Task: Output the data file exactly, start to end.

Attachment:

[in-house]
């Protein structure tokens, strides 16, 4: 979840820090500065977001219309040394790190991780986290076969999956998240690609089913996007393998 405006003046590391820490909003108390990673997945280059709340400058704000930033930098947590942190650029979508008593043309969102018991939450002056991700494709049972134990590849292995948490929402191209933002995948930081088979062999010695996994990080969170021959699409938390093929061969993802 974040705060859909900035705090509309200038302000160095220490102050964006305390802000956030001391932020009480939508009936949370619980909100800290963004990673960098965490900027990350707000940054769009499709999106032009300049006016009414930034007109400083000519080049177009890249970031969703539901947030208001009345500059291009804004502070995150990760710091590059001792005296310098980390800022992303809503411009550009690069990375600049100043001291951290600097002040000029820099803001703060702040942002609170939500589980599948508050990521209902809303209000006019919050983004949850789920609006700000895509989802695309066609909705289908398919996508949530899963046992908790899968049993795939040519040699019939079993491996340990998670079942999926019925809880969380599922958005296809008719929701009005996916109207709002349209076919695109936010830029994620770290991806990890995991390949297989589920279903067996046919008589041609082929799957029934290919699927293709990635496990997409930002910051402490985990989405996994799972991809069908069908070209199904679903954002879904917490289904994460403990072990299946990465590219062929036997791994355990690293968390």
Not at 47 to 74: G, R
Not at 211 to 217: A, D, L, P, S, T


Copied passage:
[in-house]
């Protein structure tokens, strides 16, 4: 979840820090500065977001219309040394790190991780986290076969999956998240690609089913996007393998 405006003046590391820490909003108390990673997945280059709340400058704000930033930098947590942190650029979508008593043309969102018991939450002056991700494709049972134990590849292995948490929402191209933002995948930081088979062999010695996994990080969170021959699409938390093929061969993802 974040705060859909900035705090509309200038302000160095220490102050964006305390802000956030001391932020009480939508009936949370619980909100800290963004990673960098965490900027990350707000940054769009499709999106032009300049006016009414930034007109400083000519080049177009890249970031969703539901947030208001009345500059291009804004502070995150990760710091590059001792005296310098980390800022992303809503411009550009690069990375600049100043001291951290600097002040000029820099803001703060702040942002609170939500589980599948508050990521209902809303209000006019919050983004949850789920609006700000895509989802695309066609909705289908398919996508949530899963046992908790899968049993795939040519040699019939079993491996340990998670079942999926019925809880969380599922958005296809008719929701009005996916109207709002349209076919695109936010830029994620770290991806990890995991390949297989589920279903067996046919008589041609082929799957029934290919699927293709990635496990997409930002910051402490985990989405996994799972991809069908069908070209199904679903954002879904917490289904994460403990072990299946990465590219062929036997791994355990690293968390």
Not at 47 to 74: G, R
Not at 211 to 217: A, D, L, P, S, T